Sherry Castleberry awoke from a restless sleep to a commotion outside her bedroom door. She heard a scuffle moving down the hallway; a round of curses from a tired, angry man; a muffled, almost drugged pleading from her mom; then, inevitably, the front door slamming shut, the harsh footsteps against the sidewalk; the tires squealing off.

Dennis was leaving, just like all the rest.

Sherry rubbed her eyes and glanced around her semi-darkened room. The outdoor bug lights cast a soft, yellow glow through the window, and she could just make out her teen idol posters thumbtacked to her closet door. 

Why? Why did Mom always run off every boyfriend? Especially a nice guy like Dennis?

Dennis had given her Reese’s Peanut Butter Cups and had once even taken her to a movie. Most of Mom’s boyfriends hadn’t been nice. They called Sherry “rug rat” or “pesky twerp” and tried to pretend she wasn’t there. Dennis had been different. He was kind, but like the rest, he was gone—and he wasn’t going to come back. They never came back.

Mom wailed from the living room. She often wept after her men left. Tomorrow, if the past was any guide, she’d spend the day sullenly listening to rock bands from her youth. Her brooding might last for days or even weeks, depending on how quickly she found another man.

Sherry glanced at her clock radio: its red numerals glowed 3:10 a.m. If only Mom could see the obvious. The more she clung, the more she begged her men to stay, the more she drove them away. If Sherry, with the meager experience of a thirteen-year-old, could see that, then why couldn’t her mom? She had suspected Dennis would leave soon. That evening, Dennis called to say he didn’t feel up to coming over, but Mom had gone into fits. “Oh, Dennis, I can’t make it through the night without you,” she cried with a frantic whine. “I want you. I desperately need you.” 

Dennis finally agreed, but when he arrived, he looked like a caged animal, his face an exhausted white, his expression one of worn-out disgust. 

Mom threw herself at Dennis, smothering him with caresses and kisses.

He tensed. “Settle down, Ester. Sherry’s still up.”

Sherry cringed in embarrassment and fled to her room.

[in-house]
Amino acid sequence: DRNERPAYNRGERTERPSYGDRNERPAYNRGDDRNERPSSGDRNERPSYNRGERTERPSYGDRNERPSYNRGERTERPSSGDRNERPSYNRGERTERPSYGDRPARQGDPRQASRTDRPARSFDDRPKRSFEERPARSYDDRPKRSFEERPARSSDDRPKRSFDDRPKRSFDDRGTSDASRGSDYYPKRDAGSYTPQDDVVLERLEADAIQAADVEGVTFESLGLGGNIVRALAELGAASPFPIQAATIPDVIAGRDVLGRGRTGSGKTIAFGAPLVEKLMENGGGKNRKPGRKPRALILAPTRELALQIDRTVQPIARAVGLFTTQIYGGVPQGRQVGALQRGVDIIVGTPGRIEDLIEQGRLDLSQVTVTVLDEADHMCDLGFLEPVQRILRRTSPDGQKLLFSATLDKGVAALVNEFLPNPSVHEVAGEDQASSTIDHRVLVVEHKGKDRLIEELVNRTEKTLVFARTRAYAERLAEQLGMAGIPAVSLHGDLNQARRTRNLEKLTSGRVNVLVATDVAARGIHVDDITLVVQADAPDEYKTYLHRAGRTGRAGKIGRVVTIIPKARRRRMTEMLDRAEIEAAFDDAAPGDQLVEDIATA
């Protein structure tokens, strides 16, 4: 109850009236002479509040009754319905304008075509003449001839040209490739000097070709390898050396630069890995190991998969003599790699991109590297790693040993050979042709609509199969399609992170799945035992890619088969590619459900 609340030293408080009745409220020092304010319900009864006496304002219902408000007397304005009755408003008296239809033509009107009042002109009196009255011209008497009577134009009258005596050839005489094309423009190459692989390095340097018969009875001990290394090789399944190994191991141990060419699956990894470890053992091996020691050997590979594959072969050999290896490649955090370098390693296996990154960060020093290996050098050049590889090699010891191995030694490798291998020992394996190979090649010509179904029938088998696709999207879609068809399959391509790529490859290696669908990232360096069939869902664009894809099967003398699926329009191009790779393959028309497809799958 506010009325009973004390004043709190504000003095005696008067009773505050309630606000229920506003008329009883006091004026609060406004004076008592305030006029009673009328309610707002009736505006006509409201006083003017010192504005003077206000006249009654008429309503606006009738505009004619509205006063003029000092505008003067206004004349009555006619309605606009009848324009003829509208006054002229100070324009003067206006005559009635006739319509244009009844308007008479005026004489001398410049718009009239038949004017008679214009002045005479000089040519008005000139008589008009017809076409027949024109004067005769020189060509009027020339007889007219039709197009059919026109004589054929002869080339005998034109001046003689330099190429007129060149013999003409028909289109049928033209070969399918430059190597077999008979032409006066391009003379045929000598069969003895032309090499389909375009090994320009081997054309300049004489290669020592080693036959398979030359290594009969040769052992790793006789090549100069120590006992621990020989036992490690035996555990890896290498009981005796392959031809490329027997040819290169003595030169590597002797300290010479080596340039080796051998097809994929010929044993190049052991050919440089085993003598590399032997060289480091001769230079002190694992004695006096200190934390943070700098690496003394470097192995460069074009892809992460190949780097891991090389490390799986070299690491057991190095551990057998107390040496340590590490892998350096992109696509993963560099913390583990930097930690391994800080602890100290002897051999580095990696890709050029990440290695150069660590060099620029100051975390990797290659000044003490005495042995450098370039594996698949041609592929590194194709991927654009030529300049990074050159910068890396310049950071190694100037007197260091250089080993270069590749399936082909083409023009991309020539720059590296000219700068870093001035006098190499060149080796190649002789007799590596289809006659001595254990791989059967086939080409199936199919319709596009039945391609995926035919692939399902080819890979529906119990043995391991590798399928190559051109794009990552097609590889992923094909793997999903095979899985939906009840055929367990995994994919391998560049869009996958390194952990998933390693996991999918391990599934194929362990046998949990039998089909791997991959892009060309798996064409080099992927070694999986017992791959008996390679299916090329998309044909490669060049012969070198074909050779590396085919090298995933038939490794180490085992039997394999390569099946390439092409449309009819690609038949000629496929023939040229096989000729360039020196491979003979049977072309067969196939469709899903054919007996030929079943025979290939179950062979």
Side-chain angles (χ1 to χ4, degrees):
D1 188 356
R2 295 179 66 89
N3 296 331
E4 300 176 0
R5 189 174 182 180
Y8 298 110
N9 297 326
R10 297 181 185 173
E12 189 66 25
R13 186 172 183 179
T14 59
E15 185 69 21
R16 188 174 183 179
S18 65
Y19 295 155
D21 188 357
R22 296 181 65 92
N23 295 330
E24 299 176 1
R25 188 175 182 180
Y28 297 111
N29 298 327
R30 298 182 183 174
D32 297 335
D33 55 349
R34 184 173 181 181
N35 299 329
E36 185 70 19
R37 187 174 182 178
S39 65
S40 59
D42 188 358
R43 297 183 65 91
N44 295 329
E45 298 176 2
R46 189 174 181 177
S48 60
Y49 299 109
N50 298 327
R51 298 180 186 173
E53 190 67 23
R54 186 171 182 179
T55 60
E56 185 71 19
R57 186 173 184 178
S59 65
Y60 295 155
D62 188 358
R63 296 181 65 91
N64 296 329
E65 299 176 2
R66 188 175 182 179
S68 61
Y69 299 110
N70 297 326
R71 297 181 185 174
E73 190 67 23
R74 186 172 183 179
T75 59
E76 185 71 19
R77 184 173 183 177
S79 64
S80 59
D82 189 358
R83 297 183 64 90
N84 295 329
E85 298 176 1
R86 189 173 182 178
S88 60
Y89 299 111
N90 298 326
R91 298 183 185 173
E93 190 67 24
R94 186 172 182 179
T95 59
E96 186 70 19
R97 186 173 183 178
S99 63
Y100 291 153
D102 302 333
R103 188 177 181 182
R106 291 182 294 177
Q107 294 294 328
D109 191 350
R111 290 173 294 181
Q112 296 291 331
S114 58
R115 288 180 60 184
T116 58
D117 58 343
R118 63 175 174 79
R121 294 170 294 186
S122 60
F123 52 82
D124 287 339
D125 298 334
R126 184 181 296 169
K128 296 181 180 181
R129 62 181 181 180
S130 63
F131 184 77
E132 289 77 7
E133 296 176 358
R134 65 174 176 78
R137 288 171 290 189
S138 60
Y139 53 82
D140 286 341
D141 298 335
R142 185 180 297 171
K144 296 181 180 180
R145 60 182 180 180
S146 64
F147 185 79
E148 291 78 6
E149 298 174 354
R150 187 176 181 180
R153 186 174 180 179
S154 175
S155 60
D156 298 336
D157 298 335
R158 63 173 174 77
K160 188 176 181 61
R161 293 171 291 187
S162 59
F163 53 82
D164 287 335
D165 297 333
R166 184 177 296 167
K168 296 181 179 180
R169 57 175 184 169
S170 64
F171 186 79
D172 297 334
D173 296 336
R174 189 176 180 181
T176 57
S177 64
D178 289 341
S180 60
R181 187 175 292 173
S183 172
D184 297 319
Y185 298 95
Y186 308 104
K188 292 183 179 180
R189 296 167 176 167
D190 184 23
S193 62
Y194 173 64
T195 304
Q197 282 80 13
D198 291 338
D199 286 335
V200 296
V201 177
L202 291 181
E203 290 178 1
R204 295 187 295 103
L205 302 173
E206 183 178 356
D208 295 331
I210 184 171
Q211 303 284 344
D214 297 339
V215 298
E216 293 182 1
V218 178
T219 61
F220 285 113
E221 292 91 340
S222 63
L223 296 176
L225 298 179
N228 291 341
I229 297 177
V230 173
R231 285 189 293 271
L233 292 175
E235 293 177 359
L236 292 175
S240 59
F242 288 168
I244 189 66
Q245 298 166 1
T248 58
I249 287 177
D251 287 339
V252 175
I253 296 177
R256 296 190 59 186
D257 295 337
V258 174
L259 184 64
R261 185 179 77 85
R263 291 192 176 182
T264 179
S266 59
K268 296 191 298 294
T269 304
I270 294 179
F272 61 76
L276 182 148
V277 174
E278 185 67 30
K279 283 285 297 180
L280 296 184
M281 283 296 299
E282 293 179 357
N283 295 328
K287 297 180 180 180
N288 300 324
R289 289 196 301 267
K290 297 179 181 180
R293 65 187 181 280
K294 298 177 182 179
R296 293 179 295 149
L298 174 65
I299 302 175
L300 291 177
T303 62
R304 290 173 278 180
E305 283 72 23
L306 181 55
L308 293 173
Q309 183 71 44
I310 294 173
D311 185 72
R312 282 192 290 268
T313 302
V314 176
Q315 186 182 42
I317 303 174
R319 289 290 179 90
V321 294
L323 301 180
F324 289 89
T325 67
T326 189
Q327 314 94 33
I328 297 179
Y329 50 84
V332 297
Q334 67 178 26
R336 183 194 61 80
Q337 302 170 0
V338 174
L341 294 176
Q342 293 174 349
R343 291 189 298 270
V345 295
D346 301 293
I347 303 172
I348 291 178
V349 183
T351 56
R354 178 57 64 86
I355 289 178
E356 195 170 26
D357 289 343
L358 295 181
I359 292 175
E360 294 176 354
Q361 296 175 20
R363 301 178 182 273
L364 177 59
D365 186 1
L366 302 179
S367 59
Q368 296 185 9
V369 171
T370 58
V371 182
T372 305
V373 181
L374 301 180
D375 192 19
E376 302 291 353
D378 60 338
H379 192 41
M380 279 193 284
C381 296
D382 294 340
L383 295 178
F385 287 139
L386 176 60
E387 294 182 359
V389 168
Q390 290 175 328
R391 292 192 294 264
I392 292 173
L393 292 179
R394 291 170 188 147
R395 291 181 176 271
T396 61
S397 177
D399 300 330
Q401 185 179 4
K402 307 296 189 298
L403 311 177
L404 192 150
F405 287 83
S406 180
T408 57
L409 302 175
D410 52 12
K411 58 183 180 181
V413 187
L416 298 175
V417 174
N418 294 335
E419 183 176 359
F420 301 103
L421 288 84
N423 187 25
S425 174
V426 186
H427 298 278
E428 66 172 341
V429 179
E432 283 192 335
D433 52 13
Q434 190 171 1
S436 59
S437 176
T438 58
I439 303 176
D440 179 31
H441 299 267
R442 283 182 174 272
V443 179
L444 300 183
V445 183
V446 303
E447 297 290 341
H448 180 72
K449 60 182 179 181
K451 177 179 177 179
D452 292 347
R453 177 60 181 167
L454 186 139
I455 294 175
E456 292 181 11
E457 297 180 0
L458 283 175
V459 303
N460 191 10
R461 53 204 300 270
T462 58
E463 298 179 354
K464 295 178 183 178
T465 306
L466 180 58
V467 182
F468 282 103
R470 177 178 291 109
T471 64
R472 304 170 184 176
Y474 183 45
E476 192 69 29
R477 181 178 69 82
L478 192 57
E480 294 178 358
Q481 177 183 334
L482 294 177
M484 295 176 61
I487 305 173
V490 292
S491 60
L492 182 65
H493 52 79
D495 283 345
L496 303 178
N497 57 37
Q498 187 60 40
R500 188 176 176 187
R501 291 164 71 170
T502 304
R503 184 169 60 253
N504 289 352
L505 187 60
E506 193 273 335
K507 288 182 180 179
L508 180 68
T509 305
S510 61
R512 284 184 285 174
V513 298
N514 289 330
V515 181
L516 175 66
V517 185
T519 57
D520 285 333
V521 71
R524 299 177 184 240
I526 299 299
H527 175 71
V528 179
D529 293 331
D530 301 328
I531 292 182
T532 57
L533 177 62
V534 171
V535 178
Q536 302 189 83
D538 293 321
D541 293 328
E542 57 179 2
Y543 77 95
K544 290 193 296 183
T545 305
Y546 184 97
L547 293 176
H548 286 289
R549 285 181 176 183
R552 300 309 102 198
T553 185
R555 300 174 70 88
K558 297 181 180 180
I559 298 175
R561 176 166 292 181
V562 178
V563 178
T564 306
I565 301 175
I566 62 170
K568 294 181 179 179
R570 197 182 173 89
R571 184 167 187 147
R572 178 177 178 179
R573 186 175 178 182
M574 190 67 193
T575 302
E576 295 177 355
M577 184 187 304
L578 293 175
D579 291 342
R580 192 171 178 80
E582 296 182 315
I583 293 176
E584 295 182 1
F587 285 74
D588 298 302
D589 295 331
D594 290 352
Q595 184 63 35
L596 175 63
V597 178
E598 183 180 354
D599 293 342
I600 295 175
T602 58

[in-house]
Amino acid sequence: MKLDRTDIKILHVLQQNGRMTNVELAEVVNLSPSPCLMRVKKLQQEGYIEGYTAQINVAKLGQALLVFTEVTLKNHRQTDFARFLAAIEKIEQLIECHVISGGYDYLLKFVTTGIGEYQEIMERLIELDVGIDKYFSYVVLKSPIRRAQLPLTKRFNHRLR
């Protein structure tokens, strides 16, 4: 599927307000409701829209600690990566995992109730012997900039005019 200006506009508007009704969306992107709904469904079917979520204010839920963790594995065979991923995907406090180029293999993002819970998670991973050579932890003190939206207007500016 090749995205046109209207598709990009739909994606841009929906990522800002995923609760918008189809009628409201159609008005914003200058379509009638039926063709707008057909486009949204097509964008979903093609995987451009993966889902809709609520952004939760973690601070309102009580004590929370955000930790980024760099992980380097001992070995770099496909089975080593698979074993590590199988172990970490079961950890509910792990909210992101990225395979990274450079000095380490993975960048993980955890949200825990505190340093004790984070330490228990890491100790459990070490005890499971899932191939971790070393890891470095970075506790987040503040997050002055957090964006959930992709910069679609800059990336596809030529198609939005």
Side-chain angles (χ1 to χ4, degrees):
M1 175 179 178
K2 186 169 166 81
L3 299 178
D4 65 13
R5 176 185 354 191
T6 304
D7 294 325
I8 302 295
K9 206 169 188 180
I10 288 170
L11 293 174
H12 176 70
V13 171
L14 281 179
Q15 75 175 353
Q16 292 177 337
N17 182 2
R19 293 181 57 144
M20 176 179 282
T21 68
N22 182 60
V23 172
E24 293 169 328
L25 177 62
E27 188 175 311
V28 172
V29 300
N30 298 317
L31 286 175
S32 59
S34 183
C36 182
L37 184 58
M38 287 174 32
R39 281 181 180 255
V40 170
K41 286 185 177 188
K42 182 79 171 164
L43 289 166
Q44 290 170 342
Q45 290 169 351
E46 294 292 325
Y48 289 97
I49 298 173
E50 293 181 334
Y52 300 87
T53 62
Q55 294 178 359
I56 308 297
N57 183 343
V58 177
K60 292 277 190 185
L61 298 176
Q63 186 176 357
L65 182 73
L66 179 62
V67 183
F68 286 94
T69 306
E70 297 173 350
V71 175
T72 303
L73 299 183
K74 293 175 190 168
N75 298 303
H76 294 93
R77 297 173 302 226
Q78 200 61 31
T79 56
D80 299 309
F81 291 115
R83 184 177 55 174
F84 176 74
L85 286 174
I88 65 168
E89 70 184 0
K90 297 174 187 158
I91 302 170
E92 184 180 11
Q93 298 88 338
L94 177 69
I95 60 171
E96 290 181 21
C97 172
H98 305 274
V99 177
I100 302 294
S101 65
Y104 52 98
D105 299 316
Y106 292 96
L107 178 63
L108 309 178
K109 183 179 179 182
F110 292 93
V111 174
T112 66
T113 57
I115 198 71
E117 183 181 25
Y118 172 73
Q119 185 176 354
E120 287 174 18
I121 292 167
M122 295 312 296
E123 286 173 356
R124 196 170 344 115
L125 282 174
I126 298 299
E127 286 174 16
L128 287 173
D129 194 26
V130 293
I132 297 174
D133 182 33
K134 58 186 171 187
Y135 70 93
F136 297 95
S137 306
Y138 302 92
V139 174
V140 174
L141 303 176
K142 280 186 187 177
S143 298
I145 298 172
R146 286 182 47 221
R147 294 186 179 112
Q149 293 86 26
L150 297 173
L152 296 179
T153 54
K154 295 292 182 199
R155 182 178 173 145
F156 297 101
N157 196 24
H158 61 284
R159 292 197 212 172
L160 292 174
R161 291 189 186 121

Now, Mom stumbled down the hallway, no doubt returning to her bedroom where she’d sob for half the night.

How will I ever fall back to sleep?  

To distract herself, Sherry reached for her latest dystopian novel, then thought better of it and decided to get a glass of milk.

When she passed through their small living room, she glanced around and sighed. Scattered across their scuffed, second-hand coffee table stood empty wine bottles, and scattered across their tweedy, beige couch lay Mom’s stripped-off clothes. Their apartment’s tattered and mismatched furniture symbolized the shoddiness of their lives: the aimless roaming from city to city, the tendency to end up on the bad side of town, and the sense of rootlessness as Mom drifted from man to man. 

Sherry opened the refrigerator, sniffed the stale odor of molded food, and then grabbed a carton of milk. When she turned to the cabinet for a glass, she froze. A big rat with pinkish eyes, bristly, brown fur, and long whiskers sat on the counter, staring at her with an imperious, how-dare-you-intrude-in-my-domain look.

She screamed, a high pitched, ear-splitting scream that scared her more than the rat.

It stared back, indifferently.

Sherry dropped the milk carton, which split open as it hit the floor, its cold liquid splattering across her bare feet.

She sobbed. Big, painful sobs signaling her reservoir of pent-up frustrations had burst. 

When she glanced up, Mom stood at the kitchen door. Her long, black hair spilled across her shoulders and her striking green eyes stared, crestfallen. 

“Come here, babe,” Mom said in a breathy whisper as she opened her arms. “Come to Mama.”

Sherry rushed over.

Her mom embraced her, pulling her into her black lace and satin teddy. “Was it the rat, honey? Did the rat scare you? It’s run away. It won’t be coming back.” 

Sherry wanted to yell that far more than a stupid rat upset her, but she couldn’t bring herself to express the endless frustrations she felt. 

Mom eased her into the living room, settled them both into a battered Boston rocker, and held Sherry while she hummed a familiar lullaby.

When Sherry’s snivels lessened, Mom said, “First thing in the morning, I’ll ask Mr. Ives to call an exterminator.” 

Sherry doubted Mr. Ives, the manager of Paradise Hills Apartments, who loved to yell at children and neglect his chores, would ever make such a call. She looked up at Mom. “Why do we always live in dumps? This is not the first rat I’ve seen.”

The color drained from Mom’s cheeks. “It’s all I can afford, babe.” 

Sherry’s heart sank. She didn’t want to upset Mom, but she couldn’t hold back. “Dennis left, didn’t he?”

“Yes, hon.” Sorrow flashed across Mom’s face, along with something else. What was it? Desire, longing, desperation?

“I liked him, Mom.”

“I did, too. A lot.”

“But he’s not coming back, is he?”

Tears brimmed in Mom’s eyes. “No.”

“Why do they always leave?”

“Men these days don’t want to make a commitment.”

“I don’t like it when you’re looking for new boyfriends.”

“Why’s that?”

“Dennis was nice. Most of your boyfriends aren’t. I’m afraid you might pick a bad one. One who will hurt us—or kill us.” She let out a choked sob.

Mom pulled her tight. “Don’t worry, babe, that won’t happen.”

How clueless? How oblivious to evil? Sherry hated having to play the adult and longed for parents who’d take her to soccer practice, help her with homework, and bring her to church.